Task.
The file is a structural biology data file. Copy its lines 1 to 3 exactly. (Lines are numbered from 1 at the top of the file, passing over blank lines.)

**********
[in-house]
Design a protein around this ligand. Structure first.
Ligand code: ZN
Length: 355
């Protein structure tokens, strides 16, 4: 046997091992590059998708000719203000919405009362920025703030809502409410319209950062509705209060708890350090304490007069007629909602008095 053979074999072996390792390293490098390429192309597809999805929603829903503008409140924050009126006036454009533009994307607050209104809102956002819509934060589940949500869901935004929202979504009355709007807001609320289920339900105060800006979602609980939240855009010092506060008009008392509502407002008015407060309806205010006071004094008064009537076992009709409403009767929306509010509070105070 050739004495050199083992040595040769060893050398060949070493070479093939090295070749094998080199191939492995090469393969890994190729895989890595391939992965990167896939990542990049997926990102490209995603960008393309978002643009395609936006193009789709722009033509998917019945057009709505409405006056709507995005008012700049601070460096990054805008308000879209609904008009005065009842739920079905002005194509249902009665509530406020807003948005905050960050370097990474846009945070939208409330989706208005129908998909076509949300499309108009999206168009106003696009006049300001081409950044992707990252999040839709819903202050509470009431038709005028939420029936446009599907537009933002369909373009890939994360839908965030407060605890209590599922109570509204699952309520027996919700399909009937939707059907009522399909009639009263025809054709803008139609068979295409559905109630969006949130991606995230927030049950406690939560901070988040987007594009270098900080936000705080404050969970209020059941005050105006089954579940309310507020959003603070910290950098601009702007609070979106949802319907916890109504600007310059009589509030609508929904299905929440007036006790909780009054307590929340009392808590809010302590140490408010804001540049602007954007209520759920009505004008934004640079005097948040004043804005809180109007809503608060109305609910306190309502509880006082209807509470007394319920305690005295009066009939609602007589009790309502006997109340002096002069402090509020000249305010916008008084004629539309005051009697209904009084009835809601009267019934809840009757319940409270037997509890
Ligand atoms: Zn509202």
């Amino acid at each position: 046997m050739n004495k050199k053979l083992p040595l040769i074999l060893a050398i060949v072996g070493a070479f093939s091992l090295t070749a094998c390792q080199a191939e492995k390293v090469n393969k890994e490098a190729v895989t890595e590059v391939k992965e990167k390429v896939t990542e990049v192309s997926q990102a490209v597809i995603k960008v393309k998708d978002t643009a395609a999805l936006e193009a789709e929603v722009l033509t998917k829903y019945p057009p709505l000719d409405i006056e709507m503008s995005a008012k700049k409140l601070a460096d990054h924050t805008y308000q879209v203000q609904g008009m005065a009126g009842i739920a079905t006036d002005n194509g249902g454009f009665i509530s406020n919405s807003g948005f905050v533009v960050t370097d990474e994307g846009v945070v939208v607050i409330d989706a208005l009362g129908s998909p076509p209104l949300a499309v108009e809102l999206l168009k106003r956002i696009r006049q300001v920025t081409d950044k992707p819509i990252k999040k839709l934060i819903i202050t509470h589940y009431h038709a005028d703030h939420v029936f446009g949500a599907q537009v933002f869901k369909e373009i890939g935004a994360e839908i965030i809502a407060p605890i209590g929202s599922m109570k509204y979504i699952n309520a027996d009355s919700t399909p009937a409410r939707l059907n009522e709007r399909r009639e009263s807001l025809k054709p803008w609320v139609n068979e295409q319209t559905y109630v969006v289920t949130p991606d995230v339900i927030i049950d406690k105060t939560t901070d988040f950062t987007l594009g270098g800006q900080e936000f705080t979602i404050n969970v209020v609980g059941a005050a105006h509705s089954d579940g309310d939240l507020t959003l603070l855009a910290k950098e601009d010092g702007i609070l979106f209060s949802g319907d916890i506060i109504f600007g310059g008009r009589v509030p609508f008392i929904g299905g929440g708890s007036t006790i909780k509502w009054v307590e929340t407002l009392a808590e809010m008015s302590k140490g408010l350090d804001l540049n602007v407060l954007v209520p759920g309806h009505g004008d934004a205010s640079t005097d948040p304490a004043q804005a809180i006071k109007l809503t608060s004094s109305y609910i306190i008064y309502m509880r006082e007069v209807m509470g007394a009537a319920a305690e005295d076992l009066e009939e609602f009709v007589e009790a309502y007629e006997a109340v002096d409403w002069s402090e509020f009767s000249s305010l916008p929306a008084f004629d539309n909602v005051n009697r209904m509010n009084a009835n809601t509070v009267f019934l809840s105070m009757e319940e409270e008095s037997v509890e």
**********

[in-house]
Design a protein around this ligand. Structure first.
Ligand code: ZN